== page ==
Days in De Waterkant

The vibrant suburb of De Waterkant (‘the Water’s Edge’), adjacent to Green Point and on the seaward side of the CBD, is undoubtedly the hippest in Cape Town. Its excellent location, charming architecture and narrow, cobbled streets attract young and fashionable professionals whose stylish homes command stunning views of the harbour and the mountain. This ‘gay-friendly’ quarter of Cape Town is a hub of cool coffee shops, trendy restaurants and bars and niche lifestyle and decor shops. With the allure of Camps Bay’s cafe strip and the buzzing V&A Waterfront, the neighbourhood of De Waterkant is often overlooked as a go-to hangout spot, but in fact, it is one of the most interesting parts of the city.
Not many people realise that De Waterkant is actually a part of Bo Kaap, situated on the slopes of Signal Hill. While nowadays its character and residents set it apart, its connection to the Cape Malay quarter is evident in the colourful, flat-roofed houses which once belonged to freed slaves. The area’s art galleries, boutiques and sidewalk cafes give it a cosmopolitan, European feel, and if you want to know where the party is happening, it’s right here. De Waterkant is well-known for its excellent eateries, lively bars and heaving nightclubs.
De Waterkant is one of the oldest parts of Cape Town, and — happily — it has retained a lot of its original character. Its first homes were built in 1790, but around the turn of the century and into the early 1800s lower-income families and artisans set up house here. By the mid-1900s it became known as the ‘Slamse Beurt,’ the ‘Islamic Quarter,’ which helped protect the Cape Malay community and allowed it to retain its unique cultural identity. A number of mosques, with their pretty details and minarets, exist to this day. From many kilometers away the strains of the Imam’s call to prayer can be heard on the evening wind, and it’s a sound as familiar to Capetonians as the booming noonday gun.
A few hundred years ago the buildings of De Waterkant were at the very edge of Table Bay. Waterkant Street, Riebeeck Street, Sea Street and Jetty Street speak of a time before the beaches and the ocean were pushed back to make place for buildings. As far back as Jan van Riebeeck’s time, Cape Town’s seafaring quarter began encroaching on the bay. Today, these streets are so far inland that their maritime names seem odd. ‘Waterkant,’ as it was then called, was the site of the post office and boat house in 1865, and customs officials had their headquarters there. In the same street were the Widow Berg’s Coffee Rooms, John Jeary’s Ship Tavern, the Blue Anchor, the School Arms, the Sailor’s Home Inn, Hoffmeester’s Brewery, Kelly’s Railway Inn, a distillery and various wine stores. As Lawrence Green points out, it is no wonder they called Cape Town the ‘Tavern of the Seas,’ and to this day De Waterkant remains a good place to head for a night on the town.
After the Second World War, living standards began to drop and in 1944 it was declared a slum, but a band of prominent Capetonians together with the City Council and the Historical Monuments’ commission fought to retain and rehabilitate the area. Today it is slick and sought-after address. Its single-story houses with their rooftop decks and views combine history with sophistication, and it’s one of the few parts of the city where you are better off leaving your car behind and venturing out on foot.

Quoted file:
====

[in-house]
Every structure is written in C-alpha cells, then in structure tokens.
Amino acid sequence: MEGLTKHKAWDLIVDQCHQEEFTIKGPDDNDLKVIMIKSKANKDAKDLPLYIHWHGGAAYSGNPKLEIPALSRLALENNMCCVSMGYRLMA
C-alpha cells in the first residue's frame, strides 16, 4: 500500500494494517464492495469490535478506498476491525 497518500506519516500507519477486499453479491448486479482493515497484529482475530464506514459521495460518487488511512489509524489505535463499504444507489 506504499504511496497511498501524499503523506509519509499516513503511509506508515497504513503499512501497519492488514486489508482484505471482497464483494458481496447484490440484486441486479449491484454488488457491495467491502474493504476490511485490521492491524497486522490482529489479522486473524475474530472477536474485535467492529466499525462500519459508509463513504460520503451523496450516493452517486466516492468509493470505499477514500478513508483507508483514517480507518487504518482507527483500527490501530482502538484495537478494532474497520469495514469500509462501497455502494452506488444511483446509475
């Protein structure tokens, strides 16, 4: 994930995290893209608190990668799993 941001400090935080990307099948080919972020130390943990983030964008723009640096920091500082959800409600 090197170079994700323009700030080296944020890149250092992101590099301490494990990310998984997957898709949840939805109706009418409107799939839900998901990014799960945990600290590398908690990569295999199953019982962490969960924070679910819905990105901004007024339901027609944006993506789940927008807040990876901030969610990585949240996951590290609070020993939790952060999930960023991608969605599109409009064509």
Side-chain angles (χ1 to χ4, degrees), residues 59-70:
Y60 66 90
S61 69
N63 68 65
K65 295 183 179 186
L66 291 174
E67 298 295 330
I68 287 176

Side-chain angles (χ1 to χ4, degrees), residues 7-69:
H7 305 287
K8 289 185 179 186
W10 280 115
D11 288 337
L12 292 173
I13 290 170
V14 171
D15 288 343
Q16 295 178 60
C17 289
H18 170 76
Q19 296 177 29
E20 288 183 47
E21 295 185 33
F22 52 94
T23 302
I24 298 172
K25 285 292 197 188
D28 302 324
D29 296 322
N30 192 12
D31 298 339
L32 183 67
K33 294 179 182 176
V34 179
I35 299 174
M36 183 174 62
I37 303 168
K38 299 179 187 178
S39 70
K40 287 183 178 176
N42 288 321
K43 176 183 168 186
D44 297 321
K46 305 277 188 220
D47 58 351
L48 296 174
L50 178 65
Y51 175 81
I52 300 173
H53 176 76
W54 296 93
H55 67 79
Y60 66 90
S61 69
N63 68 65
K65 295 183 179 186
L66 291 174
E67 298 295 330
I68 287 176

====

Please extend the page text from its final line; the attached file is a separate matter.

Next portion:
By day De Waterkant a great place to browse, shop, get your hair and nails done, check out some local art and immerse yourself in Cape Town culture. As the afternoon wears on, don’t miss out on a pavement cocktail at the iconic Cafe Manhattan before enjoying some tasty Japanese ‘stand up food’ at Ding.Dong Tachinomi Bar. If laidback is more your vibe, visit De Waterkant’s best kept secret, the Vasco da Gama Taverna, aka The Portuguese Embassy. It’s friendly, relaxed and the food and atmosphere are great. Finally, get a real sense of this part of the city by taking in a drag show at the popular theatre-restaurant, Beefcakes. The ‘girls’ will take good care of you, and once the music starts there’s a fair chance you might not be having an early night.
Lance Real Estate is based in Fresnaye, Cape Town and covers the Atlantic Seaboard from the Waterfront to Camps Bay. With over 23 years’ experience in the most sought-after residential areas in Africa, Lance Real Estate has sold over R 1 billion worth of properties in the last 3 years.
It is this hands-on knowledge that sets Lance Real Estate apart from our competition. We have built an extensive database of buyers and sellers over the last 2 decades who have grown to trust our market knowledge and depend on us to negotiate the best possible deal in any property negotiation.
We are now extending our reach and taking on houses and apartments for sale from the Waterfront through to Llandudno.
If you are looking for a remarkable agency to buy, rent or sell your property on the Atlantic Seaboard, our friendly customer care team is a phone call away.
We also have a range of holiday rentals to offer. If you appreciate beautiful African sunsets over the sea and sublime mountain views, then visit our holiday rentals section on our website.
Tel: +27 82 416 6103

Credits: ,

Café Manhattan


Vasco da Gama Taverna aka The Portuguese Embassy